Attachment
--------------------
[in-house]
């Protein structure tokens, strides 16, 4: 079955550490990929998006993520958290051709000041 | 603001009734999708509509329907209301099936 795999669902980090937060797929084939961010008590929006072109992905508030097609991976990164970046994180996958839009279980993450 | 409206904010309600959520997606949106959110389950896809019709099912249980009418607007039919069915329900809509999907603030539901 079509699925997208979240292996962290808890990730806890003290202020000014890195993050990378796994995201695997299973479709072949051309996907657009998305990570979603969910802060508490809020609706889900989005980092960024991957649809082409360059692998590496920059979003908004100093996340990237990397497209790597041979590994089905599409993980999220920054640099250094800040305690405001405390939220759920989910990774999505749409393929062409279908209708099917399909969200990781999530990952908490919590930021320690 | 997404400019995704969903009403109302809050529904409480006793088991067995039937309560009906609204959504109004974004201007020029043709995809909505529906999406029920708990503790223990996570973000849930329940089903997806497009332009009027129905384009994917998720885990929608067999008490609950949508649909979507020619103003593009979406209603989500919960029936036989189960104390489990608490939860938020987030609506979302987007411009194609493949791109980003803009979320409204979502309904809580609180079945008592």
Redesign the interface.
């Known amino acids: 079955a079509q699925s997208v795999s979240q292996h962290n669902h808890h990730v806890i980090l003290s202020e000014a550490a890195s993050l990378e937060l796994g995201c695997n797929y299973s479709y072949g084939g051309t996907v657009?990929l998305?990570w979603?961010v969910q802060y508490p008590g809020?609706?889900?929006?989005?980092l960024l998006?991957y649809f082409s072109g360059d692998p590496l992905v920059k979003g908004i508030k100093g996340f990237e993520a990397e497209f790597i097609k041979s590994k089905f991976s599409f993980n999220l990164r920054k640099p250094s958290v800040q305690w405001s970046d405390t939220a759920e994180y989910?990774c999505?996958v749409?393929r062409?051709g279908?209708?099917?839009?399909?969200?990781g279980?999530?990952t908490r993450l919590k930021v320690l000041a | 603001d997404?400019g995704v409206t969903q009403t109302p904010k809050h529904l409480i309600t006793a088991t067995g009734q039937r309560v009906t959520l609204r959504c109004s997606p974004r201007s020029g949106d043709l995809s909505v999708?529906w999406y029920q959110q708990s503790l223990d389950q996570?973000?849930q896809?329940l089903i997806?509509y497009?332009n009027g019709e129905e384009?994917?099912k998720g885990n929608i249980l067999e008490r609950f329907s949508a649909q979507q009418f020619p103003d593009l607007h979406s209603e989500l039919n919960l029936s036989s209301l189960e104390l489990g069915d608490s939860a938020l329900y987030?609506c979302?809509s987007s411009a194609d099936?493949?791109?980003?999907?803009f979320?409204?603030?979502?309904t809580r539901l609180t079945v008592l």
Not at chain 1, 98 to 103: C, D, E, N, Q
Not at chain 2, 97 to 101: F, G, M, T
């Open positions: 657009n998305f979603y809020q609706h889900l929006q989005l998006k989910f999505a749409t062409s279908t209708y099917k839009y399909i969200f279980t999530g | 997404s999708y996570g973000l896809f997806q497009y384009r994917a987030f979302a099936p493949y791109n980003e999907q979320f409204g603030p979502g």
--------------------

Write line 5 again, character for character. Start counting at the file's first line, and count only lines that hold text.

Not at chain 1, 98 to 103: C, D, E, N, Q